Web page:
Friday, February 29, 2008

What's the beef?

The recent meat recalls in California because of E. coli concerns were not surprising to me. In my book, TIN LIZARD TALES: Reflections from a Train, I took meat packing companies and the federal government to task for not being more careful.

Near Fort Morgan, Colorado is a large meat packing company belonging to Cargill Meat Solutions. When we visited in the spring of 2004 it was known as Excel Corporation. It was from this plant, according to health officials, that feces-contaminated beef was shipped to Milwaukee triggering an E. coli outbreak that killed a three-year-old girl and sickened 60 other people. All the victims had eaten at a Sizzler restaurant prior to their attacks. None had actually eaten any of the contaminated beef but had consumed salad bar fruit that had been cut up on counters where the beef had also been prepared. Because the origin of the E. coli contamination could not be positively identified, a judge dismissed the resultant lawsuits.

In the book, I outline meat processing in great detail, something that has earned me some negative comment about the graphic details. One reviewer called my writing “internecine,” i.e. marked with excessive details about slaughter, violent death, and noxious events. I wasn’t trying to gross anyone out. I was attempting to instill some interest in my readers and the government that would prompt some remedial action.

What I read and hear from the reports about the California meat debacle indicate that neither the meat packing industry nor the United States Department of Agriculture, the agency that is responsible for oversight and regulation, are performing in commendable fashion. The meat packing industry blames the USDA for not having inspectors in place and the USDA blames the lack of funding for being unable to perform its duties. It’s the same old blame game.

It seems to me that if the meat packing companies would handle the processing in a responsible and concerned manner that produced clean and safe meat products, maybe inspectors wouldn’t be needed.

As for USDA inspectors, I can speak from experience about federal overseers. In my younger life I worked for an electronics company that made parts for the United States government. Some of our products were used by the military, and others were used by other governmental agencies. We were assigned inspectors from the Army, Navy, and Air Force along with a couple of governmental civilian representatives. They were to oversee our operations to make sure we were producing products which met specifications, which used the approved components, which were manufactured under strict quality control standards, and which were being tested appropriately to ensure reliability. In other words, the products were going to be used in such a way that spotless performance was a must. Should we expect anything less from our food products?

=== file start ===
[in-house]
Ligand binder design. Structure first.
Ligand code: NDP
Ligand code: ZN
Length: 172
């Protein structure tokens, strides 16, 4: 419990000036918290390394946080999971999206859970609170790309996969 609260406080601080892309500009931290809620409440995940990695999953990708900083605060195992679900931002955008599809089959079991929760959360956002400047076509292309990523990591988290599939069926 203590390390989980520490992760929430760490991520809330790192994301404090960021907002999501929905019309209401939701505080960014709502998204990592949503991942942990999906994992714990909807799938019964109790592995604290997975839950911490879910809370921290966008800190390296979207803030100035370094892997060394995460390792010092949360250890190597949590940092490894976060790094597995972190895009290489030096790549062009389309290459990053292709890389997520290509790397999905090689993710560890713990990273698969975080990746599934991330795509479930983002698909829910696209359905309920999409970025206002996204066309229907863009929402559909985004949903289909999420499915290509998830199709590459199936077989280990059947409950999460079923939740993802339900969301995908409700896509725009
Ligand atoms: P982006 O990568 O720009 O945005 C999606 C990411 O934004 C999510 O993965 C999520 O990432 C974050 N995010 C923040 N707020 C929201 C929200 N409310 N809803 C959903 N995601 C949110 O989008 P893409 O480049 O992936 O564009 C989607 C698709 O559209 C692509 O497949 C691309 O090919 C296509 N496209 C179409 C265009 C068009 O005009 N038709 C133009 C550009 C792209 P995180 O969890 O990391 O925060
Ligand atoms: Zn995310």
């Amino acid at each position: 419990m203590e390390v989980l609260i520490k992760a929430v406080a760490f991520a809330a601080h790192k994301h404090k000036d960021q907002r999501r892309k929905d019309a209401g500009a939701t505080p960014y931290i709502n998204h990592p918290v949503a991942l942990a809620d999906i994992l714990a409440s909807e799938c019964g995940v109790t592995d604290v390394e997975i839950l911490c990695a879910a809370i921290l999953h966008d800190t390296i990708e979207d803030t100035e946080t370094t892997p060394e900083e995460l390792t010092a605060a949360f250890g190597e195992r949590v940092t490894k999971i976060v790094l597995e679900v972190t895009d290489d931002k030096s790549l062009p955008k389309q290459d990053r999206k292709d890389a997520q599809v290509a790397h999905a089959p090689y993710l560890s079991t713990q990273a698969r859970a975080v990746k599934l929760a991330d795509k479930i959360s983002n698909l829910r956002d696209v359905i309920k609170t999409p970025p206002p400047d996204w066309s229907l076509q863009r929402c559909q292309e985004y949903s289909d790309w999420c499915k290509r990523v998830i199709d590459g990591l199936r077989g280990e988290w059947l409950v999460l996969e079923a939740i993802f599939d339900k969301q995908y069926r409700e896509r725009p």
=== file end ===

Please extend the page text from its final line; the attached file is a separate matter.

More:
But let me tell you about our inspectors. They were hardly ever personally around our facility to check on the materials or the processes. When we needed them to sign off on a component prior to shipping, we always knew where to find them―at a little watering hole a couple of blocks from our company. They were almost always together; there was no interdepartmental rivalry over a pitcher of beer. They would either boozily wobble over to the plant to sign off the shipment, or they would hand their official stamp to one of our quality control people to OK the parts for them.

Electronic parts are one thing. But food products cannot be handled in a such a dismissive or—dare I say it?—criminal manner. I’m anxious to hear the final disposition of the California matter because it has affected so many people, many of young age in our schools. It has to serve as a wake-up call about governmental inefficiency and meat packing industry indifference.

Schuyler T. Wallace

Tuesday, February 19, 2008

Book reviews and those who do them.

The book is written and hits the market. The author now faces the reality that sales must be made to recover the costs. But what's more important is how the book is received. If it's not liked the old ego takes a header (and make no mistake, ego is a big part of a writer's psyche). If it's not liked, there probably won't be any sales to worry about.

I received a 3 star review to go along with a couple of 5 stars on Okay, the reviewer wasn't too critical but I thought she missed the point of my book. She thought I wrote a travelogue. I think I wrote a series of essays with some traveling in between. I consider there to be a small difference between to two.

She thought I wrote in a passive manner. I think I combined both passive and active but will concede that active is more acceptable and probably easier to read. My English teachers always tried to tell me that. So I'll take that criticism to heart and be more careful, but I suspect that a passive voice will sneak in once in a while.

She likes to observe people and thought I didn't put enough faces on my characters. I thought I did the few times I mentioned them. But I was focusing on places rather than people in this book. I'll be willing to take a closer look at faces when I decide to write about people.

She doesn't list my type of book in her preferential reading list. That may put a bright light more squarely on her review.